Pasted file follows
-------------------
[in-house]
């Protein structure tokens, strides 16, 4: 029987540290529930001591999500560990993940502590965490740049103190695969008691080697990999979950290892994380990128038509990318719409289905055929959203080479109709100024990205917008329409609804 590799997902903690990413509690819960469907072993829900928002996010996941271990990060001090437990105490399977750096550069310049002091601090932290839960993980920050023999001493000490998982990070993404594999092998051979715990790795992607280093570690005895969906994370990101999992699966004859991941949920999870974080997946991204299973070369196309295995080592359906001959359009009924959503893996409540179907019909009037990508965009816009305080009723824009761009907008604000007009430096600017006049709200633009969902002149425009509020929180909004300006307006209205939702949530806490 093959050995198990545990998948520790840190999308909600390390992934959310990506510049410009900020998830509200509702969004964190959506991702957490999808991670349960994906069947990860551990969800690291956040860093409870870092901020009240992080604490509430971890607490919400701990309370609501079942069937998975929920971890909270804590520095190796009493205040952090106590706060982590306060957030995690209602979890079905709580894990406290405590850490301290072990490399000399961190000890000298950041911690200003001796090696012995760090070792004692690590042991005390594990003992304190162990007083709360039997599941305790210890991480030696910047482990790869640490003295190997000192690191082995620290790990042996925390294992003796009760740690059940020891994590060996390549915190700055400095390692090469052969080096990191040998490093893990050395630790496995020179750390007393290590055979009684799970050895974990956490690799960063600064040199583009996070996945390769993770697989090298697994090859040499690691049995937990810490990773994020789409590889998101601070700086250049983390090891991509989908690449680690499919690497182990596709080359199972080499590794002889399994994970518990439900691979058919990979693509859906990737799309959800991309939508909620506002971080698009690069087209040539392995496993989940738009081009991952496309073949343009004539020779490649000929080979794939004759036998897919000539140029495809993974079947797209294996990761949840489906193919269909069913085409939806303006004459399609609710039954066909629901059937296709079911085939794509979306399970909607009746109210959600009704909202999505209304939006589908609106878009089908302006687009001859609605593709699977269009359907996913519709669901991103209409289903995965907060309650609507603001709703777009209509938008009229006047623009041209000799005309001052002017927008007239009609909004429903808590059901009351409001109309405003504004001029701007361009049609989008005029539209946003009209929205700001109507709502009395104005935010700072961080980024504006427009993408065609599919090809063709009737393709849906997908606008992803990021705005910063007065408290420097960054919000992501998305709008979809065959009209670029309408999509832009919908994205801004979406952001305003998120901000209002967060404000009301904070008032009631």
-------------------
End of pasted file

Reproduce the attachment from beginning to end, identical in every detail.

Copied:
[in-house]
């Protein structure tokens, strides 16, 4: 029987540290529930001591999500560990993940502590965490740049103190695969008691080697990999979950290892994380990128038509990318719409289905055929959203080479109709100024990205917008329409609804 590799997902903690990413509690819960469907072993829900928002996010996941271990990060001090437990105490399977750096550069310049002091601090932290839960993980920050023999001493000490998982990070993404594999092998051979715990790795992607280093570690005895969906994370990101999992699966004859991941949920999870974080997946991204299973070369196309295995080592359906001959359009009924959503893996409540179907019909009037990508965009816009305080009723824009761009907008604000007009430096600017006049709200633009969902002149425009509020929180909004300006307006209205939702949530806490 093959050995198990545990998948520790840190999308909600390390992934959310990506510049410009900020998830509200509702969004964190959506991702957490999808991670349960994906069947990860551990969800690291956040860093409870870092901020009240992080604490509430971890607490919400701990309370609501079942069937998975929920971890909270804590520095190796009493205040952090106590706060982590306060957030995690209602979890079905709580894990406290405590850490301290072990490399000399961190000890000298950041911690200003001796090696012995760090070792004692690590042991005390594990003992304190162990007083709360039997599941305790210890991480030696910047482990790869640490003295190997000192690191082995620290790990042996925390294992003796009760740690059940020891994590060996390549915190700055400095390692090469052969080096990191040998490093893990050395630790496995020179750390007393290590055979009684799970050895974990956490690799960063600064040199583009996070996945390769993770697989090298697994090859040499690691049995937990810490990773994020789409590889998101601070700086250049983390090891991509989908690449680690499919690497182990596709080359199972080499590794002889399994994970518990439900691979058919990979693509859906990737799309959800991309939508909620506002971080698009690069087209040539392995496993989940738009081009991952496309073949343009004539020779490649000929080979794939004759036998897919000539140029495809993974079947797209294996990761949840489906193919269909069913085409939806303006004459399609609710039954066909629901059937296709079911085939794509979306399970909607009746109210959600009704909202999505209304939006589908609106878009089908302006687009001859609605593709699977269009359907996913519709669901991103209409289903995965907060309650609507603001709703777009209509938008009229006047623009041209000799005309001052002017927008007239009609909004429903808590059901009351409001109309405003504004001029701007361009049609989008005029539209946003009209929205700001109507709502009395104005935010700072961080980024504006427009993408065609599919090809063709009737393709849906997908606008992803990021705005910063007065408290420097960054919000992501998305709008979809065959009209670029309408999509832009919908994205801004979406952001305003998120901000209002967060404000009301904070008032009631």